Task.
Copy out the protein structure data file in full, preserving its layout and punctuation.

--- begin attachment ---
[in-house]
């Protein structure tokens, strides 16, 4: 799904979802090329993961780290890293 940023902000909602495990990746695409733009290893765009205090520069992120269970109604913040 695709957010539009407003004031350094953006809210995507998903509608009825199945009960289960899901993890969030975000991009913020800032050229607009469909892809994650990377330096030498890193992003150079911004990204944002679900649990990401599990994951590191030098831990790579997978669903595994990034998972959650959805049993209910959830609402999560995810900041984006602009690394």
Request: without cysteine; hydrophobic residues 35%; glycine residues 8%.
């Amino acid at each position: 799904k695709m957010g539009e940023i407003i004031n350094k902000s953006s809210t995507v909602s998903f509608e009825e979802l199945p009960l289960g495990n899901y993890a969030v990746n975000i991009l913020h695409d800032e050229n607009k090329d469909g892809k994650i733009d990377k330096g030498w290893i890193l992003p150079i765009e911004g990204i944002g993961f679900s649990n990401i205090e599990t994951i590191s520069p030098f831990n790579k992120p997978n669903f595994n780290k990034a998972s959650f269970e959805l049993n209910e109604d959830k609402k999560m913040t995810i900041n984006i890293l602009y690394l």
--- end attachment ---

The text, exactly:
[in-house]
């Protein structure tokens, strides 16, 4: 799904979802090329993961780290890293 940023902000909602495990990746695409733009290893765009205090520069992120269970109604913040 695709957010539009407003004031350094953006809210995507998903509608009825199945009960289960899901993890969030975000991009913020800032050229607009469909892809994650990377330096030498890193992003150079911004990204944002679900649990990401599990994951590191030098831990790579997978669903595994990034998972959650959805049993209910959830609402999560995810900041984006602009690394």
Request: without cysteine; hydrophobic residues 35%; glycine residues 8%.
């Amino acid at each position: 799904k695709m957010g539009e940023i407003i004031n350094k902000s953006s809210t995507v909602s998903f509608e009825e979802l199945p009960l289960g495990n899901y993890a969030v990746n975000i991009l913020h695409d800032e050229n607009k090329d469909g892809k994650i733009d990377k330096g030498w290893i890193l992003p150079i765009e911004g990204i944002g993961f679900s649990n990401i205090e599990t994951i590191s520069p030098f831990n790579k992120p997978n669903f595994n780290k990034a998972s959650f269970e959805l049993n209910e109604d959830k609402k999560m913040t995810i900041n984006i890293l602009y690394l």